Tagged: Esko Kilpi Toggle Comment Threads | Keyboard Shortcuts

  • Doug Belshaw 3:00 pm on August 29, 2017 Permalink | Reply
    Tags: Esko Kilpi, ,   

    The architecture of work is metaphorically still a picture of walls defining who is employed and inside and who is unemployed and outside. Who is included and who is excluded. Who “we” are and who “they” are. This way of thinking was acceptable in repetitive work where it was relatively easy to define what needed to be done and by whom as a definition of the quantity of labor and quality of capabilities. In creative, knowledge-based work it is increasingly difficult to know the best mix of people, capabilities and tasks in advance. Interdependence between peers involves, almost by default, crossing boundaries. The walls seem to be in the wrong position or in the way, making work harder to do. What, then, is the use of the organizational theater when it is literally impossible to define the organization before we actually do something?

    Esko Kilpi
     
  • Doug Belshaw 2:59 pm on August 29, 2017 Permalink | Reply
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    We are as used to the employer choosing the work objectives as we are used to the teacher choosing the learning objectives. The manager directs the way in which the employee engages with work, and manages the timing and duration of the work. This image of work is easy to grasp because it has been taught at school where the model is the same. We should ask whether the current social construct of jobs is inevitable, or whether it is a social artifact that is over 100 years old, and should be redesigned.

    Esko Kilpi
     
  • Doug Belshaw 2:58 pm on August 29, 2017 Permalink | Reply
    Tags: Esko Kilpi, , , thinking   

    Thinking always clusters. That happens in groups, but more importantly, it happens over time. The movement of thought is sometimes slow and can sometimes even get stuck. A person with an idea worth pursuing will give rise to an interaction chain in time, held together in comparable chains of contributors, lurkers and opponents.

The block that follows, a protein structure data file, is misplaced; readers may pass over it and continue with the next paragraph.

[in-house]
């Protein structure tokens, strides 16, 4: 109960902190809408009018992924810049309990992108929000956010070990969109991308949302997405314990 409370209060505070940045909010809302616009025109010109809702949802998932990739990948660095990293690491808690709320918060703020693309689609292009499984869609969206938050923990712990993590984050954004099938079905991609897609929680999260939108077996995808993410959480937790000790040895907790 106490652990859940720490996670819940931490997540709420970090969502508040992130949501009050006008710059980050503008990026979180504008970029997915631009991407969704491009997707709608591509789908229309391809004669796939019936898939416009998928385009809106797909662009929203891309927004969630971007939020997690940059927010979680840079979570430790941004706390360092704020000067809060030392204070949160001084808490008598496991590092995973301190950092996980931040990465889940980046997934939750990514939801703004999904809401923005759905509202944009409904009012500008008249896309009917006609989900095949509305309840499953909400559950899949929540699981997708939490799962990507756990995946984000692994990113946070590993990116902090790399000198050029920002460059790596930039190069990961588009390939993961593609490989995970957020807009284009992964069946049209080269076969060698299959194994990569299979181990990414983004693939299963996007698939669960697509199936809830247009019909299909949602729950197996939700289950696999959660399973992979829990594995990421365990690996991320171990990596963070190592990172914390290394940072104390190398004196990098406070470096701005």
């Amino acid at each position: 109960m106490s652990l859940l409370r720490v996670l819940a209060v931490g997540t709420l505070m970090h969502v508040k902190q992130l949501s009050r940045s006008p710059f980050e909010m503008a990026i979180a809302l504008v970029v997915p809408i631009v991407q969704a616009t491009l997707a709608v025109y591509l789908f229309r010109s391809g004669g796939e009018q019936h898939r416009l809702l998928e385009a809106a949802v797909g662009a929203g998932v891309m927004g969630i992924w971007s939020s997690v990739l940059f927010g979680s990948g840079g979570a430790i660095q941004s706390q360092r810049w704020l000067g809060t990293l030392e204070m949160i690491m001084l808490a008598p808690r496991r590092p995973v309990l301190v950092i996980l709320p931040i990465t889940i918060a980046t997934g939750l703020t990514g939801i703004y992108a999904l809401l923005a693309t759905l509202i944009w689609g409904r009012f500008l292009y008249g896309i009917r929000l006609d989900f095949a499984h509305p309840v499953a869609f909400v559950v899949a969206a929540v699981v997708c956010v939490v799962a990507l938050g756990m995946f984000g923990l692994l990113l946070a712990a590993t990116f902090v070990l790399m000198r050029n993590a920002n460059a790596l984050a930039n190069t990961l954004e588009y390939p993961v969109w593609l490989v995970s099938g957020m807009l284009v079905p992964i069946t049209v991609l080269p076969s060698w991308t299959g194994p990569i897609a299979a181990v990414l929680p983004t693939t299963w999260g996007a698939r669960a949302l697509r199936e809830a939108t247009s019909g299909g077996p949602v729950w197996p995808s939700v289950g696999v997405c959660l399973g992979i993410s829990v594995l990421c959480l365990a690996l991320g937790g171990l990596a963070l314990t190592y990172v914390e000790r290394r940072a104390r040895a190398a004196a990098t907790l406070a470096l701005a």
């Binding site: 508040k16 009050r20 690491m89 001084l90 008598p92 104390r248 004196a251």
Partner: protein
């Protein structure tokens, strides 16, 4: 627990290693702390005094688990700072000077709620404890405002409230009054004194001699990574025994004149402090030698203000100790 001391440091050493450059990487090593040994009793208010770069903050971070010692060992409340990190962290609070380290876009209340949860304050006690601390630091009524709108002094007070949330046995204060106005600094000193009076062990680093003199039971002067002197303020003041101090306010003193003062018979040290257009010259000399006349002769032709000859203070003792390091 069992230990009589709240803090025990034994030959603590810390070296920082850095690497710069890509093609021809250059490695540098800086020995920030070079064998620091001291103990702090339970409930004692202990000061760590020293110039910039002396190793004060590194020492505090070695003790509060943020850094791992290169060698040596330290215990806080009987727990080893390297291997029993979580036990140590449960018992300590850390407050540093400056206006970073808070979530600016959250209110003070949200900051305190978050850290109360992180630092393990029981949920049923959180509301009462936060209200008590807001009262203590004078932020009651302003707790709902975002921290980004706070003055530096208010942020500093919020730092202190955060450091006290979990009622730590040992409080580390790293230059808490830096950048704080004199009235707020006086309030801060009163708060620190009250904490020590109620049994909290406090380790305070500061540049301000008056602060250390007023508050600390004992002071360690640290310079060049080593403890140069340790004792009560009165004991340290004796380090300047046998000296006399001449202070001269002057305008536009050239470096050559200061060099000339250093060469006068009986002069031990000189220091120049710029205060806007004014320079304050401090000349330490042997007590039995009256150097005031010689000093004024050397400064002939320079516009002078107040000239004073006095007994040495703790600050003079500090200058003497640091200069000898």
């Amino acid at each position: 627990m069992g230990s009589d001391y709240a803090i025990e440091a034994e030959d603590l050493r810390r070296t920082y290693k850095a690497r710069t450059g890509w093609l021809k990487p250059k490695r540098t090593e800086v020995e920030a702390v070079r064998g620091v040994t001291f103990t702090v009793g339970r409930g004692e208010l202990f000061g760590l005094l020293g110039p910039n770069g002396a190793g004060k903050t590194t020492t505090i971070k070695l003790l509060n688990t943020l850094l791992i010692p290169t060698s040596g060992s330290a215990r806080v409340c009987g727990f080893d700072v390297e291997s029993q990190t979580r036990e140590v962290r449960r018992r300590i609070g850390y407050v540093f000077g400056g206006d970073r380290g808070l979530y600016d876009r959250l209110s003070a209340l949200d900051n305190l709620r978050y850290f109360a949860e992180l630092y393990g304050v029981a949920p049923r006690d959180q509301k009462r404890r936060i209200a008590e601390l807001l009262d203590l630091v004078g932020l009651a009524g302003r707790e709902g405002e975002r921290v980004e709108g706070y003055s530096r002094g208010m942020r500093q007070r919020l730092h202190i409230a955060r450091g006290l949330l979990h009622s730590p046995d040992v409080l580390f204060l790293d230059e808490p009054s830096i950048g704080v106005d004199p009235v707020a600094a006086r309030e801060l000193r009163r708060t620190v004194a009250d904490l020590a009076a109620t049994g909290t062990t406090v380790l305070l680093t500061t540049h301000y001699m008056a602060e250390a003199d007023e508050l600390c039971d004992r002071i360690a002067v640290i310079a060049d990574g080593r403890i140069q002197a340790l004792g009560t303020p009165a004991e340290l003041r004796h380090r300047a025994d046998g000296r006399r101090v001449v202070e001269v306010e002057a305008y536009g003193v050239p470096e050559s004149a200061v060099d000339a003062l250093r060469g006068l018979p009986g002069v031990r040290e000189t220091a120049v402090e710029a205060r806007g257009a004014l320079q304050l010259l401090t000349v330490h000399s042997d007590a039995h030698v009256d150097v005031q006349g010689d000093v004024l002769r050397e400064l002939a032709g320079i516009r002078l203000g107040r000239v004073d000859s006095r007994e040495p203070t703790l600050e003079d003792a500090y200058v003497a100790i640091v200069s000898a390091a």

Esko Kilpi
     
  • Doug Belshaw 2:57 pm on August 29, 2017 Permalink | Reply
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    Knowledge work is creative work we do in interaction.

    Esko Kilpi
     
  • Doug Belshaw 2:55 pm on August 29, 2017 Permalink | Reply
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    Creative, entrepreneurial work is very different. The context of work is changing from generic, repetitive practices to contextual, creative practices. The first thing to do is to answer the questions: What are we here for? What should we achieve? What should we do next and with whom? What tools would help us? It is not about generic processes but contextual interaction. Key questions for a knowledge worker have to do with how to do things and what tools to use. This time, the machines, the tools, need to serve the worker. Human beings come first. It is, in fact, a fundamental change because the needed tools may not be available, or even exist, yet.